Friday, 14 August 2015

Third workshop and finally.....Colour!!!!

An entire week has sped by and I realised I'm only halfway through my workshops. For those of you following my blog closely sorry for the delay! And for those just stepping in here are my previous posts on the symposium:
Part 1
Part 2
Part 3
Part 4

The first day's workshops had been entirely pen and ink work. The next morning I was doing this workshop with Nina Johansson. Given that ink outlines with a watercolour wash is my favourite medium, I was really looking forward to this workshop. Nina's work is terrific.

The workshop was talking about two things - the first was how light gets eaten up as it comes down into the city, into the urban scene that you are trying to capture. We all know and feel it instinctively but the best way to capture this is by doing tonal studies. So our first exercise was a pencil sketch focussing on which surfaces get light, how the shadows are cast and how gradations happen. Part of it was trying to understand more consciously why one wall is darker at the top and another is darker at the bottom and so on. A good tip at this point was to squint and look at the subject so you see tones and shapes rather than colours and outlines.

The second focus of the workshop was how to paint with bright colours, how to mix darker shades and get gradations within a colour without making it muddy. This part was all about colour mixing. Using the complementary to get a darker shade and not adding black (or white) to change tone. The second exercise was to choose a very simple small subject so that we could focus on pigment mixing, and we were all asked to focus on one building The Selegie Arts Centre. It's a peculiar building with a striking form and the colour of the ground floor walls is different to that of the upper floors. So while trying to capture that I didnt quite get any sort of gradation at all!

And finally we got to do our own watercolour sketch in the last half hour. Subject of our choice but keep in mind the tones and gradations and the nature of light from the first exercise but remember our colour mixing too.
Choosing my own subject freed me up and I guess I fell back to my usual style but I did try to keep a few points in mind. These 3.5 hour workshops have all been super intense. You are assimilating on the go. I'm hoping a lot of great things I learnt will start showing slowly in my sketches to come but all in all I really liked the structure of this workshop and the two previous exercises came together to make perfect sense in the third.

Thursday, 6 August 2015

Capturing people in action and crowds

Straight after my workshop with Ching I went into an afternoon workshop with Marc Holmes. The focus was on capturing people while they went about their business of doing whatever they do. Essential stuff for urban sketching as you can't ask them to pose for you.

We started off sketching each other very rapidly trying to capture the "head shape and hairshape" and soon moved on to capturing the hands. Again a handy trick. Get the hands down immediately after the head and then even if they move away you can fill in the rest later!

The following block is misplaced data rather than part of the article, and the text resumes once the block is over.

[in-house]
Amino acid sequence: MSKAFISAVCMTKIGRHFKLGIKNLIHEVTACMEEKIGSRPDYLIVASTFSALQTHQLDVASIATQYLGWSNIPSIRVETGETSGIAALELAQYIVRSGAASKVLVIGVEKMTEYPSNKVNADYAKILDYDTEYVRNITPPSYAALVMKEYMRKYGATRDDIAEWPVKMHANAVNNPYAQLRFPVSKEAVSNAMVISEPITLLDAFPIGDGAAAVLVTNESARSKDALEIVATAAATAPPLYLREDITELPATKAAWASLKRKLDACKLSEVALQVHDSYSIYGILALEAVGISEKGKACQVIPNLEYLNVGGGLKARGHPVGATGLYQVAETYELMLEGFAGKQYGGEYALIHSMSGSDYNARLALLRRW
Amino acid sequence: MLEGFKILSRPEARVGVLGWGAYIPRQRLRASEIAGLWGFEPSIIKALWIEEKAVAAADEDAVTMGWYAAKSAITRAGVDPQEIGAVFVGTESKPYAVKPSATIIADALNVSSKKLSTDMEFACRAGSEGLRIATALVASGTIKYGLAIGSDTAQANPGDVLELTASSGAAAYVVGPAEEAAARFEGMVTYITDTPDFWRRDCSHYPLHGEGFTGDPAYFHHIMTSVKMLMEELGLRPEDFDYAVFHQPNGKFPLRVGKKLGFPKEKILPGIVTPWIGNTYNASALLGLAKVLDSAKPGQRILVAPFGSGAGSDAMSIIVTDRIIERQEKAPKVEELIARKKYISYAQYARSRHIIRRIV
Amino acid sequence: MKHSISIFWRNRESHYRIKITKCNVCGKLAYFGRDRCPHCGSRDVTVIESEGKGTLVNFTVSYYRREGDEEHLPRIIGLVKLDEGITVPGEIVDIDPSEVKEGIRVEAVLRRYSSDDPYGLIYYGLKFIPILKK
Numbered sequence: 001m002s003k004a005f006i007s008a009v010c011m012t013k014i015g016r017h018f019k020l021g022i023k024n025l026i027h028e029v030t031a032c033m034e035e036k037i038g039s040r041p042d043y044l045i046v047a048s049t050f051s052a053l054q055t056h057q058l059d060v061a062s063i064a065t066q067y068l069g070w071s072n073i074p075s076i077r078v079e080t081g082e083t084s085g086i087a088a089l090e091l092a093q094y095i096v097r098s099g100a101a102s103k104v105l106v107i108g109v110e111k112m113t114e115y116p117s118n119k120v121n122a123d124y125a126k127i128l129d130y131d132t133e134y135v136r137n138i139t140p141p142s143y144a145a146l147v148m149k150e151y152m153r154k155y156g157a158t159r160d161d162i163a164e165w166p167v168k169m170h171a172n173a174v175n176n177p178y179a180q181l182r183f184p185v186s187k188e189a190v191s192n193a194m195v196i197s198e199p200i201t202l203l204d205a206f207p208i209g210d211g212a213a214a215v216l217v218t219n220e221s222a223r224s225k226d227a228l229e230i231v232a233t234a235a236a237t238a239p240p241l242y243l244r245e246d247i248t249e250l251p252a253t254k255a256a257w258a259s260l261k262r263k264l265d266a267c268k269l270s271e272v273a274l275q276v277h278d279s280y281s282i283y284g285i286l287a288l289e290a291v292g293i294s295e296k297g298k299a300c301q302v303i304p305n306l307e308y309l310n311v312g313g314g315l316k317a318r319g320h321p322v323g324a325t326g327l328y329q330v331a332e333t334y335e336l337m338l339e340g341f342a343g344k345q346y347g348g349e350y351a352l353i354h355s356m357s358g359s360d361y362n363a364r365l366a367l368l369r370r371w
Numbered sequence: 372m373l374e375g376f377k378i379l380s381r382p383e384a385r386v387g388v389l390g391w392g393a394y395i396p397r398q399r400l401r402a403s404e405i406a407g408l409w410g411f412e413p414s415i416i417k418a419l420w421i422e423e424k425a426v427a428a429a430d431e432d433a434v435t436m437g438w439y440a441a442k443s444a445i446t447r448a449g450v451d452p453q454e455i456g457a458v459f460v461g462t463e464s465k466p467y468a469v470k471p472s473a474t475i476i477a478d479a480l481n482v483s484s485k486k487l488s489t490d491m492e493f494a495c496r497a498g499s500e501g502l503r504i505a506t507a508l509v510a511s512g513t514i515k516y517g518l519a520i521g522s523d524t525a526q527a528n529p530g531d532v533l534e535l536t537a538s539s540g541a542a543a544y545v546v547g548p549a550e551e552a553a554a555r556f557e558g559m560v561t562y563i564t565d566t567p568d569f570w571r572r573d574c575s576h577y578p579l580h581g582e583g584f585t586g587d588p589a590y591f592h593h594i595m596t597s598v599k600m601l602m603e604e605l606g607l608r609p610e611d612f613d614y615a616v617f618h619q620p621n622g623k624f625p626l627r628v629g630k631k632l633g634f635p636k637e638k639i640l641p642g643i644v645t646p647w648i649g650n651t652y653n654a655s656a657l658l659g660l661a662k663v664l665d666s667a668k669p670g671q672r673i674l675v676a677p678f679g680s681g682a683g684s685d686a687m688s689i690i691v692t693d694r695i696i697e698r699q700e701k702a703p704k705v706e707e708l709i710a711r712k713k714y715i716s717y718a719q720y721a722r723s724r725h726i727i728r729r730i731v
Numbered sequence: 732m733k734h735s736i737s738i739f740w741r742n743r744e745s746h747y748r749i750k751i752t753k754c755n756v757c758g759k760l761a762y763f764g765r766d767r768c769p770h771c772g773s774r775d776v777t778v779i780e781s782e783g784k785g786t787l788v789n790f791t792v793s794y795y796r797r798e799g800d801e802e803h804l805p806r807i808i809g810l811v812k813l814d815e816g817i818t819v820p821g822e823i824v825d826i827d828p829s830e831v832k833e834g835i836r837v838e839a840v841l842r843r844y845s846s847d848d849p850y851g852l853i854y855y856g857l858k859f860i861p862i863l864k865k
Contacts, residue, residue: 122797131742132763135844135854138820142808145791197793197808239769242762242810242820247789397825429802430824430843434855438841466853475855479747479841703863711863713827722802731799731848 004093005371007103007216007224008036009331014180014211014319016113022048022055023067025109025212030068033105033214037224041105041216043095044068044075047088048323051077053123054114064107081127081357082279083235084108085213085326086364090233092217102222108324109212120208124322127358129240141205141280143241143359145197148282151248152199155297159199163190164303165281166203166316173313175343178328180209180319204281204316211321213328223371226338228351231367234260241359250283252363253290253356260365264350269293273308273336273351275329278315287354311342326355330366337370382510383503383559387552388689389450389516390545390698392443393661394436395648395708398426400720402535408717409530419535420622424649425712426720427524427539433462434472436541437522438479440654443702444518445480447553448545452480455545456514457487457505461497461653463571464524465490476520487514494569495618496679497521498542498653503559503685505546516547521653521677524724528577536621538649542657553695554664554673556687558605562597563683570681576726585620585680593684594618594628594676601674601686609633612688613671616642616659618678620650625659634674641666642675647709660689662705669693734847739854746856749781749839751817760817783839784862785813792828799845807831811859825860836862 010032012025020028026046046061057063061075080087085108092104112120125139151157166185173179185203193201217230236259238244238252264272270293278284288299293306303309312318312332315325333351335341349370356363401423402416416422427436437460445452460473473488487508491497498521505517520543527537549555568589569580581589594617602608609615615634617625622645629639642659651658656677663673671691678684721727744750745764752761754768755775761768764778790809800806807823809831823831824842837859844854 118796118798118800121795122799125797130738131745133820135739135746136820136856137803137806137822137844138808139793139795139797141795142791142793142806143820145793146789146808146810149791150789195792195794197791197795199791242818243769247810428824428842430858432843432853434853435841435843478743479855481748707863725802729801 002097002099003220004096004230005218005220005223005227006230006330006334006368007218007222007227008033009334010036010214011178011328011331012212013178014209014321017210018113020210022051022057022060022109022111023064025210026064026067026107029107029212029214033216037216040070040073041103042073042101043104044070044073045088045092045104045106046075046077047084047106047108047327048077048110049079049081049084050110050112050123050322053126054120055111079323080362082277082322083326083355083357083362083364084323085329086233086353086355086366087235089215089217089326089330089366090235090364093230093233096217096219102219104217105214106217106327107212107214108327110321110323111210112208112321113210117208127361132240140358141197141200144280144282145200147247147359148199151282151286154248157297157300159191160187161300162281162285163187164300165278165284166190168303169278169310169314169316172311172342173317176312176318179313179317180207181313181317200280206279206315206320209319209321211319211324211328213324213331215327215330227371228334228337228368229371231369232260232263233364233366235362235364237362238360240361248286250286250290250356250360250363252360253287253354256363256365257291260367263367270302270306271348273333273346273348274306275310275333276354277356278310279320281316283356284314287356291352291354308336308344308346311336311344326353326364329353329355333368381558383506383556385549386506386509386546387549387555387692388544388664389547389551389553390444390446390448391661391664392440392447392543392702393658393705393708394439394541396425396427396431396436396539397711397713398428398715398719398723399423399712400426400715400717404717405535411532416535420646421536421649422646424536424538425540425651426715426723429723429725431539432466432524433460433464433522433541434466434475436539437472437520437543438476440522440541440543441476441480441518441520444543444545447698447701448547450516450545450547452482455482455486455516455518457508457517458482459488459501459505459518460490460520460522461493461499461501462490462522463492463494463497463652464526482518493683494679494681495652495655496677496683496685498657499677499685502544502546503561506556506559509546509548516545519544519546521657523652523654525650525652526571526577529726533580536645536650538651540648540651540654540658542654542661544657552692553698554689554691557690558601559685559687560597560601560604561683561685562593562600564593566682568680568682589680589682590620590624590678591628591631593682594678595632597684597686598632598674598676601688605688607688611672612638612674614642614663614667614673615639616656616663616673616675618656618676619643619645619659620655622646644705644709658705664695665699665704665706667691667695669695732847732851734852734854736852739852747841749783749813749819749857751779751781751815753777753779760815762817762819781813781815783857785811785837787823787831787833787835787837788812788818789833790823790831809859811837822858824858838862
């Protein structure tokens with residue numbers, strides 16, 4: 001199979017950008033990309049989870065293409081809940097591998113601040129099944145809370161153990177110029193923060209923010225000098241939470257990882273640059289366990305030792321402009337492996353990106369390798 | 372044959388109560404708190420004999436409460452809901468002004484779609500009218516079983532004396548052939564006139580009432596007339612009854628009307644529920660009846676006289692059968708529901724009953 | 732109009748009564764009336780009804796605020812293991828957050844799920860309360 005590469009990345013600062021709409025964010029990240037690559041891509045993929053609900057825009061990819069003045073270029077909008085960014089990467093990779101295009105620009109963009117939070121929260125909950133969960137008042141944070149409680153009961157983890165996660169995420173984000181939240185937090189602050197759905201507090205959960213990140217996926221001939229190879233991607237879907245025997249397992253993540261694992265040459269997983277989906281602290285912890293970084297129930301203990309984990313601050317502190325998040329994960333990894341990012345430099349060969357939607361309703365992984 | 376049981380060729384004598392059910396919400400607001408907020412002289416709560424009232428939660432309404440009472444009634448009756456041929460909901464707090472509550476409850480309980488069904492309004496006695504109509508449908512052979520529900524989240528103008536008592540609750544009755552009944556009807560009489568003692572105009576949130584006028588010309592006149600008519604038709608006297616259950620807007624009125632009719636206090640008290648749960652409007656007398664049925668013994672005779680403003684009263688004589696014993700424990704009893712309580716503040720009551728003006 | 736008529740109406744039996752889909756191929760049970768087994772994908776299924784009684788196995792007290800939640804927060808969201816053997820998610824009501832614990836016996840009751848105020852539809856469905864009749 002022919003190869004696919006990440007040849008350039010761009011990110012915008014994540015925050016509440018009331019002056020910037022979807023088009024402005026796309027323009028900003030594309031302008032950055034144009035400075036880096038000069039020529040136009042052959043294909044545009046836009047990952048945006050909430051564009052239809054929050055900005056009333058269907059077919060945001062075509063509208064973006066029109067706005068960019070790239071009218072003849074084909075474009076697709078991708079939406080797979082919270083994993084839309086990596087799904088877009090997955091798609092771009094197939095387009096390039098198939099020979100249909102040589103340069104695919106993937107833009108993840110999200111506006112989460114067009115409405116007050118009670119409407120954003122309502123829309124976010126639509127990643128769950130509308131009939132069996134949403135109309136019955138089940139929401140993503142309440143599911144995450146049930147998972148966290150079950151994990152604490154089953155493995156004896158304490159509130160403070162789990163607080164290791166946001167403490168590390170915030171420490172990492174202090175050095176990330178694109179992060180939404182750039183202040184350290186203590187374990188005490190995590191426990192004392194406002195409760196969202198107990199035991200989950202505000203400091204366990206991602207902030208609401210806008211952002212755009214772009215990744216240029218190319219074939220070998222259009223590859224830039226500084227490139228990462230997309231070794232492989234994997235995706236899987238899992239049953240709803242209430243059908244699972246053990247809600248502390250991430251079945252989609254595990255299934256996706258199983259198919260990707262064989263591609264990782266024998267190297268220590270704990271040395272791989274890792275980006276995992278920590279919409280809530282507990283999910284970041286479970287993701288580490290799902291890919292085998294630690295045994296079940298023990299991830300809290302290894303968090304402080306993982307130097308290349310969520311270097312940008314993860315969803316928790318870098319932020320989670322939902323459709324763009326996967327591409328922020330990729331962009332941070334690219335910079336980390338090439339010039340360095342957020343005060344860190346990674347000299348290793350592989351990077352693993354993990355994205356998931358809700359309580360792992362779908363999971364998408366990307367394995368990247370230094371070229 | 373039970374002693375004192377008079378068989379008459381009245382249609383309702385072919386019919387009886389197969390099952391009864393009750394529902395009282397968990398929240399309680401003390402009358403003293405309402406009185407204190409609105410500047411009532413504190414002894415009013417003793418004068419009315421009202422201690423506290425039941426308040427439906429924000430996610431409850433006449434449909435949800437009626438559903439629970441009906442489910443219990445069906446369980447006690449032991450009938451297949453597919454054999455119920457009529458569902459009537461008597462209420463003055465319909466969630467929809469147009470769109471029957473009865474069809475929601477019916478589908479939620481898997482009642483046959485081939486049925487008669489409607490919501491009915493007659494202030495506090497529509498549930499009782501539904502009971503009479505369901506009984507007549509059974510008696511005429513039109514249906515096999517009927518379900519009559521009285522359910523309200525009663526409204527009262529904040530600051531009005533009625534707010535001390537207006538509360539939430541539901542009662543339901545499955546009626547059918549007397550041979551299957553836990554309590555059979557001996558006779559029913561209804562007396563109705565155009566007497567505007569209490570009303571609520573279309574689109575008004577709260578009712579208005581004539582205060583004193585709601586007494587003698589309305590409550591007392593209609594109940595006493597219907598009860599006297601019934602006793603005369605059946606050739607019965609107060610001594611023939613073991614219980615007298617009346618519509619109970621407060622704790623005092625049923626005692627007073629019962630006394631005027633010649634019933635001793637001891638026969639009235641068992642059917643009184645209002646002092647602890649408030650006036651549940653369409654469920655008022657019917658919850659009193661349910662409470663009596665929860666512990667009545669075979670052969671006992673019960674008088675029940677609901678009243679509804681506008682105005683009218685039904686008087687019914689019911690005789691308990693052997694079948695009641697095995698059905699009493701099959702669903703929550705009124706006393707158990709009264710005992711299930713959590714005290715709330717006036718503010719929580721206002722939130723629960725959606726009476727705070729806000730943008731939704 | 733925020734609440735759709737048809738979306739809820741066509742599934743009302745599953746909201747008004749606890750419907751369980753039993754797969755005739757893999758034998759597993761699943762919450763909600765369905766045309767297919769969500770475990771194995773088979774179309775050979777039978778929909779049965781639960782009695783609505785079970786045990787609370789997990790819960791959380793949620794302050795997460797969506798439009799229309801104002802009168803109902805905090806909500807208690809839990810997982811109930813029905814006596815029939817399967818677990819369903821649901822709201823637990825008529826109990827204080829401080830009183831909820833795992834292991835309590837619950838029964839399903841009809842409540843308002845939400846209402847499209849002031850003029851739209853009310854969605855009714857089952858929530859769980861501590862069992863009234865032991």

So we were sent off into the market area in front of the chinese temple on waterloo street. In twenty minutes we gathered back. I had these 6 people with head and hands which meant I had captured them doing whatever they were doing.
Raffle ticket seller, fruit vendor packing plums, old man sleeping and a cobbler working on a shoe while smoking his pipe.
An essential part of the workshop was also how to use two kinds of pens - one thin for the initial quick capture and then work with a darker brush pen for shadows and highlights. I wasn't very familiar with the use of the brush pen and really felt myself struggle with the darks.

The final part of our workshop which I found the most exciting by far was how to quickly capture a crowd scene. It's funny how different this workshop was from the previous one and yet in some ways the same. The idea of a foreground, a focus with more detail and then getting the depth and background with perspective and alternating darks for contrast. Except instead of buildings it was a whole horde of people on the paper.
We had to create a point of interest by quickly capturing one or a group of people in the foreground. Sketching what they were doing and getting in the head and hands first. Adding depth by putting in a whole row of heads behind that. Again, the trick is to look at people here and there and sketch them in. It doesn't really matter if the person on the left is finally on the right by the time you captured them.
Accessories like bags, specific kinds of shoes add character and by adding bodies and alternating dark shapes between the whites at the back one can very quickly achieve a sense of a crowd while also having a few authentic people about whom you are telling the story. Above is a scene of two sketchers meeting after the workshops in the crowded market and swapping notes while the rest of the busy shopping crowd mills around them. Below is a guy in a wheelchair talking to an old lady with the shopping stalls behind them.
Marc Holmes has pretty much distilled people sketching to its essence in this workshop. I really enjoyed the structure where each exercise built on the previous one and watching him stand there in the bustling market and demo one great sketch after another is a memory that will stay with me.